School Lunch Found Guilty!

Chicken Patty with Corn & Ketchup by noureens
May 7, 2010, 1:44 pm
Filed under: Uncategorized

Guilty!!!! 😦

Esme and Noureen said: Today’s lunch was guilty!!!!! The patty was very moist and the corn was all wet and soggy! It could make somebody vomit for all we care!!!! Me and Esme were very angry because we didn’t like the food they were serving!! The milk was also OK, because it had a good taste and saved the lunch. The ketchup was a bit too SAUCY!!! It had a very tomatoish taste, that could make us sick. We even again put a sad face, to show the lunch was horrible, and didn’t taste right!! The corn had water all over it, making it taste like trash!!! That’s all from Noureen and Esme!! 🙂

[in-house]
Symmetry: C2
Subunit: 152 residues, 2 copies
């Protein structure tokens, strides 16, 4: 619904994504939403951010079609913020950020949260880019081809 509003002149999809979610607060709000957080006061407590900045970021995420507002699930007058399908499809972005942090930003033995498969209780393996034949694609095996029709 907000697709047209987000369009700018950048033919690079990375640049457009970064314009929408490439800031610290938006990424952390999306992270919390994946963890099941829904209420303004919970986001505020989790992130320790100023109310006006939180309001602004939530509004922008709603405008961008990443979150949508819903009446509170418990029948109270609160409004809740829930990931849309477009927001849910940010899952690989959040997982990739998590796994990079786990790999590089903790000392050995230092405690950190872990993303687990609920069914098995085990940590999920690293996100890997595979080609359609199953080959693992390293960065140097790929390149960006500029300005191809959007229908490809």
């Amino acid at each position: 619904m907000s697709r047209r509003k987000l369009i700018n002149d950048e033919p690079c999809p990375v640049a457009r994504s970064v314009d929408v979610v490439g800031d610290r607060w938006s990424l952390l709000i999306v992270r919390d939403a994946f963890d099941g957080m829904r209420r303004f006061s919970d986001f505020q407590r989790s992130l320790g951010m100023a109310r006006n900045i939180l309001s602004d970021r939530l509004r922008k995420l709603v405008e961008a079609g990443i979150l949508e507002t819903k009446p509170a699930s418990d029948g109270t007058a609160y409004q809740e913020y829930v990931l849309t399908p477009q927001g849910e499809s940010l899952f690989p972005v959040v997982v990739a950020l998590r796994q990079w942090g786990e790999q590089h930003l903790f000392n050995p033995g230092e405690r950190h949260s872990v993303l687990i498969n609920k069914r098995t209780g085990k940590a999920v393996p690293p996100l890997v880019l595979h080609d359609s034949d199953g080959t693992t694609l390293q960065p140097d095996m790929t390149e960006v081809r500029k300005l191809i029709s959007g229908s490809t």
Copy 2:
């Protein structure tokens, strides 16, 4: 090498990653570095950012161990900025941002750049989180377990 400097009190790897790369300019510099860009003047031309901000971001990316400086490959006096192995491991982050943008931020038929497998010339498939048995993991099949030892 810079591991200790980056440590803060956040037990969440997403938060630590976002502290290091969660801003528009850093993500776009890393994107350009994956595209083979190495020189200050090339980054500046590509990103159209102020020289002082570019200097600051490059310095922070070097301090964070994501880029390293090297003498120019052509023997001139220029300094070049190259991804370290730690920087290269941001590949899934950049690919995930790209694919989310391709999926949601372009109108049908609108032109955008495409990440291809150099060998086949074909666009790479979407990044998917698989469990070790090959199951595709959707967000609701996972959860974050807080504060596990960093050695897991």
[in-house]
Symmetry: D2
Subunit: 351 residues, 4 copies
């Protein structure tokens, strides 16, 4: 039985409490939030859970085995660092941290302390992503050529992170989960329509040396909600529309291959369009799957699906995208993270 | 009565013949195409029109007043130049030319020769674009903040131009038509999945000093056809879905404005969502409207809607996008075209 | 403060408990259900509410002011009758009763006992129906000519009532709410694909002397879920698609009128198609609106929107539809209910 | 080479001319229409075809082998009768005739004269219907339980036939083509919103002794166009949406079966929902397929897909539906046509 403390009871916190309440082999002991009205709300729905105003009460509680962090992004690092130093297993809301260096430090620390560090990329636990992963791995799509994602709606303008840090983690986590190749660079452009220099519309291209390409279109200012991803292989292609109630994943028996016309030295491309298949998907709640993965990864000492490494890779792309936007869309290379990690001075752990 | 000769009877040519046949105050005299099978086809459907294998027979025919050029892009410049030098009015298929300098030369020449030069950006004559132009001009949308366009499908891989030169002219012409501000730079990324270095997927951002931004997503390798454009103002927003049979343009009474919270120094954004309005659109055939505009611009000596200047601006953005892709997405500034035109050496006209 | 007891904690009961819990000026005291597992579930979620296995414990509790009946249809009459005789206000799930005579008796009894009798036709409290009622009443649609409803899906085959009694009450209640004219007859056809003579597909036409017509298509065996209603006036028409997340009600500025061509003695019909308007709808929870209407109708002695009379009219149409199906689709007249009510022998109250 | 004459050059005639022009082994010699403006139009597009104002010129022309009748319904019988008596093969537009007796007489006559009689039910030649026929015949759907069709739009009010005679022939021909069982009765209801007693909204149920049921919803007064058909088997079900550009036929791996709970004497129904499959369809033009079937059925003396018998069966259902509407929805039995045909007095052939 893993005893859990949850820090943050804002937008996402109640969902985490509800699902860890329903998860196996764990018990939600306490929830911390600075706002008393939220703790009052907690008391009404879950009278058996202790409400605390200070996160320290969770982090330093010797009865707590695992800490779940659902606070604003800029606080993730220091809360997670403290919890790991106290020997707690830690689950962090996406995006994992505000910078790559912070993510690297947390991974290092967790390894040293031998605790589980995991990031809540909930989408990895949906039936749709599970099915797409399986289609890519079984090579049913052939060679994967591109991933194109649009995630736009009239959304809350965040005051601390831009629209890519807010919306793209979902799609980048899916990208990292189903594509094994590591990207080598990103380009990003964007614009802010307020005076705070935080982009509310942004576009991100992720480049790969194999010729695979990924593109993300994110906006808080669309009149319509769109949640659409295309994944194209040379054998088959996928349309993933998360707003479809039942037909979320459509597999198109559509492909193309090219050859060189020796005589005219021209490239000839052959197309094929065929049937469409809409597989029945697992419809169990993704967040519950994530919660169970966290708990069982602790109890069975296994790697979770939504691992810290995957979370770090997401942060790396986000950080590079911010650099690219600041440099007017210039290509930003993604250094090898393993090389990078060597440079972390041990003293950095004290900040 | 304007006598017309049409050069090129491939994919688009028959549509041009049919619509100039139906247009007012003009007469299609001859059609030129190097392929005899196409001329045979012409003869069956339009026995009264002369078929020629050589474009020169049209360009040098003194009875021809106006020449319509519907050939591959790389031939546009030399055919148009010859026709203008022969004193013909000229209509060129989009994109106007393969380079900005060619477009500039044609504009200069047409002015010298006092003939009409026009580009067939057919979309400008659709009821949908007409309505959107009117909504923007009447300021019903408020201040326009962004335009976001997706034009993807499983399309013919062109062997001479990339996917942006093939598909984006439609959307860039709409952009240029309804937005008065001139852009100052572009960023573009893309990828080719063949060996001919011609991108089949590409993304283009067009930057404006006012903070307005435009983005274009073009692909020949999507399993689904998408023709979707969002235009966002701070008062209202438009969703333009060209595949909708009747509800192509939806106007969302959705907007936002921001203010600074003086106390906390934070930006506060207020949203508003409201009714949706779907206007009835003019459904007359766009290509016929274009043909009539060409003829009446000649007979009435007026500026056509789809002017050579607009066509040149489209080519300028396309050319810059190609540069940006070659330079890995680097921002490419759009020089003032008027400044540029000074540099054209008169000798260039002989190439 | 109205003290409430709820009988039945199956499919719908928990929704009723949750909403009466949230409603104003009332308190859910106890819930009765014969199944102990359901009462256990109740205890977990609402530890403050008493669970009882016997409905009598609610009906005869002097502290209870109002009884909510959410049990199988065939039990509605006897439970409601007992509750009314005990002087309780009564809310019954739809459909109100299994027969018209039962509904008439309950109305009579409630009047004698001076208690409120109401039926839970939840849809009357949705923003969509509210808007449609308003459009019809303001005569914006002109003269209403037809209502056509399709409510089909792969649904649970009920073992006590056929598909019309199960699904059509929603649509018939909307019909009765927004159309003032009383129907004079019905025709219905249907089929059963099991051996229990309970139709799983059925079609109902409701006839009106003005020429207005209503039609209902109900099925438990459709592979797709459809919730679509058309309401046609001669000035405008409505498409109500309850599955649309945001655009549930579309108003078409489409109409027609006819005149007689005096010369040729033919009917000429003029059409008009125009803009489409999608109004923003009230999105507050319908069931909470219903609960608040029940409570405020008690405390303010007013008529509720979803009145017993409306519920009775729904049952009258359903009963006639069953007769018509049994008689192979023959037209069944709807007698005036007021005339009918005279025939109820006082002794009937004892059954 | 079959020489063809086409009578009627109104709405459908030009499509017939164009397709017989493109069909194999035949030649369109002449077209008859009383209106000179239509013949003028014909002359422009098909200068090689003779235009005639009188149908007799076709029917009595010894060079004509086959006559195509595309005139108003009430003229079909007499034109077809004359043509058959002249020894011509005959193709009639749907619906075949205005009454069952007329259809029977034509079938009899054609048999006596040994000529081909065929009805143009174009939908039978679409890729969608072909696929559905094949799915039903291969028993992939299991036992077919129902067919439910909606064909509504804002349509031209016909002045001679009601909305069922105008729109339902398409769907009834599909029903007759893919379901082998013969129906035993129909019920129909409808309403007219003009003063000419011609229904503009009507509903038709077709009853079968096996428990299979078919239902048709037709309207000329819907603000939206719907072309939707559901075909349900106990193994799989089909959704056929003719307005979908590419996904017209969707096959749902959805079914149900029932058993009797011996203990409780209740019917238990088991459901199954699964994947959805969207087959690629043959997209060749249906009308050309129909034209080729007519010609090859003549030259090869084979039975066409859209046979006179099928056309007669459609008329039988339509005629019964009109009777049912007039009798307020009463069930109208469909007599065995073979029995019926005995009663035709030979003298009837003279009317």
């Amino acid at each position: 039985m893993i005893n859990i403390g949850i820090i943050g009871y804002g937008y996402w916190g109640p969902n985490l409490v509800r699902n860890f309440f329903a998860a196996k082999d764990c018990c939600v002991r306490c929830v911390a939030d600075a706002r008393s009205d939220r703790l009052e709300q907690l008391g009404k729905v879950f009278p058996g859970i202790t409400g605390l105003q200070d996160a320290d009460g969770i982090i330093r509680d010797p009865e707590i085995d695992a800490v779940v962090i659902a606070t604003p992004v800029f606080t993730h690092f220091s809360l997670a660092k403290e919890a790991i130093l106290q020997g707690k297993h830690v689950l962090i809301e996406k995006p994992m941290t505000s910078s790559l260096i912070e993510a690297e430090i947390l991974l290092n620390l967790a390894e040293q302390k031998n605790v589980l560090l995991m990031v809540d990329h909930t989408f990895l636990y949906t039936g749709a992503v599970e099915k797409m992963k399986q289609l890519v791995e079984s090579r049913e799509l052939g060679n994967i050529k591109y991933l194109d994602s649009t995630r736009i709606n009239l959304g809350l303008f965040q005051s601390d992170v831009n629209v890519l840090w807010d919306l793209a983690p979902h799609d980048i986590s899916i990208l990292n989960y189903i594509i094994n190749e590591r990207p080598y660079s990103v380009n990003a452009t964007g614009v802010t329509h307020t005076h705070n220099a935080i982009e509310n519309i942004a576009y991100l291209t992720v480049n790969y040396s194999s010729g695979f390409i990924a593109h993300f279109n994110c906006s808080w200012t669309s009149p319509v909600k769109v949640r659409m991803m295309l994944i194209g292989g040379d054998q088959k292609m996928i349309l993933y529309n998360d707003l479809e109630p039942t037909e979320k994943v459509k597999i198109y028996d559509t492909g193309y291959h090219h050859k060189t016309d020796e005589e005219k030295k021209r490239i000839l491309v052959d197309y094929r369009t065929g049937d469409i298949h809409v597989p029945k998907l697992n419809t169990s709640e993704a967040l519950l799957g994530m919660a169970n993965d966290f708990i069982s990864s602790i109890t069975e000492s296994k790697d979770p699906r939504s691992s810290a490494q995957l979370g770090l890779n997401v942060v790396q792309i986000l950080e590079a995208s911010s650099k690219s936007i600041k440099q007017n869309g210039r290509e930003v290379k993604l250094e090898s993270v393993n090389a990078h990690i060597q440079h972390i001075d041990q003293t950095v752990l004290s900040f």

4 Comments so far
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Only in America would food ever be treated in this manner. In Japan, if you’re invited to someone’s home for dinner and leave even one bite of food on your plate to be thrown away, it is considered the equivalent of spitting in your hosts face.

Keep in mind that I am currently studying to be a teacher and I definitely plan on fighting for better school lunches throughout my future career. However, the way that you are treating food that is given to you is extremely disrespectful. All that I have seen is people ripping apart food, saying how “nasty” and “disgusting” it is rather than saying what is good, and exactly what changes could be implemented.